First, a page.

Announcement
September 30, 2013

Penn Medicine Team Leads FAA-Sponsored Research into the Impact of Air Traffic Noise on Sleep

Ongoing sleep research at Penn part of $40 million comprehensive federal aviation grant

PHILADELPHIA — A team of researchers from the Perelman School of Medicine at the University of Pennsylvania are part of a new initiative by the Federal Aviation Administration (FAA) focusing on environmental goals for noise, air quality, climate change and energy.  As a core team partner in the new Air Transportation Center of Excellence (COE), led by Washington State University and the Massachusetts Institute of Technology, the Penn team will focus on the impact of transportation noise on sleep. The FAA anticipates providing research funding for the entire Air Transportation COE with $4 million a year over the next 10 years.

Penn’s research, led by Mathias Basner, MD, PhD, MSc, assistant professor of Sleep and Chronobiology, Department of Psychiatry at Penn, will focus on understanding the impact of aircraft noise on sleep and on developing models that predict sleep disruption for different aircraft noise levels and profiles.

“We know that chronic sleep disturbance is associated with multiple health issues including high blood pressure, diabetes, and depression. What is not fully understood is how much aircraft noise impacts sleep in communities around airports, and how sleep disturbances due to aircraft noise compare with those due to other things (other noise sources, weight, age, stress, etc.),” said Dr. Basner. “Through our work with the COE, we aim to build on existing models and develop a better understanding of how aircraft noise characteristics affect sleep.”

By coupling the resulting sleep disturbance models with noise prediction tools, Basner and colleagues hope to show potential awakening patterns in communities for a wide range of different airport and air traffic scenarios. The research team, which also includes David F. Dinges, PhD, professor and chief, Division of Sleep and Chronobiology, Department of Psychiatry, and Sarah McGuire, PhD, a post doctoral fellow in the Division of Sleep and Chronobiology, is currently preparing a U.S. field study on the effects of aircraft noise on sleep.

Basner notes that U.S. field research efforts on the effects of aircraft noise on sleep have lagged over the past 30 years, while aircraft noise has continued to evolve. Within this period, air traffic has changed significantly, with substantial increases in traffic volume and significant improvements in noise levels of single aircraft. “Therefore, these new FAA funded field studies are critical to collect current sleep disturbance data for varying degrees of noise exposure to further current scientific knowledge of air transportation’s impact on sleep,” he says.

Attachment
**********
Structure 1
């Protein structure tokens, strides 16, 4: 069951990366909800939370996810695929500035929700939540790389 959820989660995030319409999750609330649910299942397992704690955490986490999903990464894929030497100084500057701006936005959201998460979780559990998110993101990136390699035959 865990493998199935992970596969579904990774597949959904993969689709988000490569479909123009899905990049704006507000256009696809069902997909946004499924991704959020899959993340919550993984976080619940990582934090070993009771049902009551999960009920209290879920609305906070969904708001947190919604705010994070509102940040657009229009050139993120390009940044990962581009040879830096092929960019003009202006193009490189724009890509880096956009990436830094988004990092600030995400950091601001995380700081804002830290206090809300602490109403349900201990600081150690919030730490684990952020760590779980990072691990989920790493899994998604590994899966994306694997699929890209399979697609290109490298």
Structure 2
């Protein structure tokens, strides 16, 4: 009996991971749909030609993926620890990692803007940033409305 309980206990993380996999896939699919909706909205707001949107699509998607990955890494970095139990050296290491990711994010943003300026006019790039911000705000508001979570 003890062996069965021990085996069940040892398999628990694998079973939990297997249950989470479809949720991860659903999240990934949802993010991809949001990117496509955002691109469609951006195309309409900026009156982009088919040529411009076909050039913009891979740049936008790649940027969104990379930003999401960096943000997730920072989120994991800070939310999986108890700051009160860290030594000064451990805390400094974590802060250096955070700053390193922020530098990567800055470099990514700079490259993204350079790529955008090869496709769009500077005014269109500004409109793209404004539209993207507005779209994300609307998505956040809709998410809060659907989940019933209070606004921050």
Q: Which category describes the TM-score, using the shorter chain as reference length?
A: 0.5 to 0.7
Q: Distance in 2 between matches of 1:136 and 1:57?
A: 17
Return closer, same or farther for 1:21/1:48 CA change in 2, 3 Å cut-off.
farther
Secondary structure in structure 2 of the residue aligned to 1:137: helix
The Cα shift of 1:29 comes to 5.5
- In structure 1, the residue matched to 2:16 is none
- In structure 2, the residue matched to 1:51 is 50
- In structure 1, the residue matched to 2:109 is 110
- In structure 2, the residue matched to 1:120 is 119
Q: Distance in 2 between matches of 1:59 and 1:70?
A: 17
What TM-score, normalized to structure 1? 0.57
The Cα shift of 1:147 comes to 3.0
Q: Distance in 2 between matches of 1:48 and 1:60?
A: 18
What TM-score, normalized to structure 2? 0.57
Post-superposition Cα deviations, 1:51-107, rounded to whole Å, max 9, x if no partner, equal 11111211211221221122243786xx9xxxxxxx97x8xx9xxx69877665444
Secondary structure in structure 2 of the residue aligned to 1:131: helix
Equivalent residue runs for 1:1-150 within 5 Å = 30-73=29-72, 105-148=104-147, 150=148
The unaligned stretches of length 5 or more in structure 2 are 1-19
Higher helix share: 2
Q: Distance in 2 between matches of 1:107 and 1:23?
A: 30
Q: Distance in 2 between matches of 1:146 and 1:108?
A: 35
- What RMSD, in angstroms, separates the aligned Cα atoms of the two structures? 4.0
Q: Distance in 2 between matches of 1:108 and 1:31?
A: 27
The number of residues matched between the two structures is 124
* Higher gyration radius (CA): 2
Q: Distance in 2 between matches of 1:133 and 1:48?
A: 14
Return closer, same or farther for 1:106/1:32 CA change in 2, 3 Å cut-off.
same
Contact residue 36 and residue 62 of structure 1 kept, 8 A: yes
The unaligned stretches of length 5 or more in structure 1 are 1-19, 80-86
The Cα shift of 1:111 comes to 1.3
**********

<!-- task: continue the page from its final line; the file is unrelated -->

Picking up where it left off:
In addition to Penn, other Air Transportation COE core team partners include Boston University, Oregon State University, Purdue University, the University of Dayton, the University of Illinois at Urbana-Champaign, the University of Washington, Missouri University of Science and Technology, Georgia Institute of Technology, Pennsylvania State University, Stanford University, the University of Hawaii, the University of North Carolina at Chapel Hill and the University of Tennessee.

The FAA has established Centers of Excellence with more than 75 universities conducting research and education in nine other topic areas focusing on: commercial space transportation, airliner cabin environment and intermodal research, aircraft noise and aviation emissions mitigation, advanced materials, general aviation, airworthiness assurance, operations research, airport pavement and airport technology, and computational modeling of aircraft structures. The COE program is a cost-sharing research partnership between academia, industry and the federal government. For more information, visit the COE web page at http://www.faa.gov/go/coe.

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Penn Medicine is one of the world's leading academic medical centers, dedicated to the related missions of medical education, biomedical research, and excellence in patient care. Penn Medicine consists of the Raymond and Ruth Perelman School of Medicine at the University of Pennsylvania (founded in 1765 as the nation's first medical school) and the University of Pennsylvania Health System, which together form a $4.3 billion enterprise.

The Perelman School of Medicine has been ranked among the top five medical schools in the United States for the past 17 years, according to U.S. News & World Report's survey of research-oriented medical schools. The School is consistently among the nation's top recipients of funding from the National Institutes of Health, with $392 million awarded in the 2013 fiscal year.

The University of Pennsylvania Health System's patient care facilities include: The Hospital of the University of Pennsylvania -- recognized as one of the nation's top "Honor Roll" hospitals by U.S. News & World Report; Penn Presbyterian Medical Center; Chester County Hospital; Penn Wissahickon Hospice; and Pennsylvania Hospital -- the nation's first hospital, founded in 1751. Additional affiliated inpatient care facilities and services throughout the Philadelphia region include Chestnut Hill Hospital and Good Shepherd Penn Partners, a partnership between Good Shepherd Rehabilitation Network and Penn Medicine.

Penn Medicine is committed to improving lives and health through a variety of community-based programs and activities. In fiscal year 2013, Penn Medicine provided $814 million to benefit our community.

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